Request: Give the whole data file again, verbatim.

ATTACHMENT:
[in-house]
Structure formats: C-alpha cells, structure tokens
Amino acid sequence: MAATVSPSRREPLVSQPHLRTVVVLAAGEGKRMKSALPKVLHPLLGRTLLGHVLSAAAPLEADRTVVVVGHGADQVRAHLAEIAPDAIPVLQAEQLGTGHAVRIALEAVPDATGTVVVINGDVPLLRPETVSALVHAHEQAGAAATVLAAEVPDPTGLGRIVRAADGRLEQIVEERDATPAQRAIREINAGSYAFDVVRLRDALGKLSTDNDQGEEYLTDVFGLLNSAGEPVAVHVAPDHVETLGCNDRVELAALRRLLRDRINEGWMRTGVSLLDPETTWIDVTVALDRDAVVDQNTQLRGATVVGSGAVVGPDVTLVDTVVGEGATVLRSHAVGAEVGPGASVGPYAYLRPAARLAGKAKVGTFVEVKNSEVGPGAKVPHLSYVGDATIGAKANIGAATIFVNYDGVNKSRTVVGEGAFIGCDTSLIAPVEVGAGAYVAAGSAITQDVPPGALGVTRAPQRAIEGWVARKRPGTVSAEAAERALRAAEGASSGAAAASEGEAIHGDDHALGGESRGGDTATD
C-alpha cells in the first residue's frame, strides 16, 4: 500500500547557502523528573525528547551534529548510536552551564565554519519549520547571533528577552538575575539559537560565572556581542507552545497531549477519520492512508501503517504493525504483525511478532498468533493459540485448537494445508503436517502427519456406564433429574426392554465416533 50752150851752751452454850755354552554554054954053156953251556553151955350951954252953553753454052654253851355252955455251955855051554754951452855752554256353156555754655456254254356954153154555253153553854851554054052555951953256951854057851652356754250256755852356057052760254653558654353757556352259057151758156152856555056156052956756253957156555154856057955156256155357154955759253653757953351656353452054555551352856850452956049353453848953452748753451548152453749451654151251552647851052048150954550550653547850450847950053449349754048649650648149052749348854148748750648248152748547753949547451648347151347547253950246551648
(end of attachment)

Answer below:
[in-house]
Structure formats: C-alpha cells, structure tokens
Amino acid sequence: MAATVSPSRREPLVSQPHLRTVVVLAAGEGKRMKSALPKVLHPLLGRTLLGHVLSAAAPLEADRTVVVVGHGADQVRAHLAEIAPDAIPVLQAEQLGTGHAVRIALEAVPDATGTVVVINGDVPLLRPETVSALVHAHEQAGAAATVLAAEVPDPTGLGRIVRAADGRLEQIVEERDATPAQRAIREINAGSYAFDVVRLRDALGKLSTDNDQGEEYLTDVFGLLNSAGEPVAVHVAPDHVETLGCNDRVELAALRRLLRDRINEGWMRTGVSLLDPETTWIDVTVALDRDAVVDQNTQLRGATVVGSGAVVGPDVTLVDTVVGEGATVLRSHAVGAEVGPGASVGPYAYLRPAARLAGKAKVGTFVEVKNSEVGPGAKVPHLSYVGDATIGAKANIGAATIFVNYDGVNKSRTVVGEGAFIGCDTSLIAPVEVGAGAYVAAGSAITQDVPPGALGVTRAPQRAIEGWVARKRPGTVSAEAAERALRAAEGASSGAAAASEGEAIHGDDHALGGESRGGDTATD
C-alpha cells in the first residue's frame, strides 16, 4: 500500500547557502523528573525528547551534529548510536552551564565554519519549520547571533528577552538575575539559537560565572556581542507552545497531549477519520492512508501503517504493525504483525511478532498468533493459540485448537494445508503436517502427519456406564433429574426392554465416533 50752150851752751452454850755354552554554054954053156953251556553151955350951954252953553753454052654253851355252955455251955855051554754951452855752554256353156555754655456254254356954153154555253153553854851554054052555951953256951854057851652356754250256755852356057052760254653558654353757556352259057151758156152856555056156052956756253957156555154856057955156256155357154955759253653757953351656353452054555551352856850452956049353453848953452748753451548152453749451654151251552647851052048150954550550653547850450847950053449349754048649650648149052749348854148748750648248152748547753949547451648347151347547253950246551648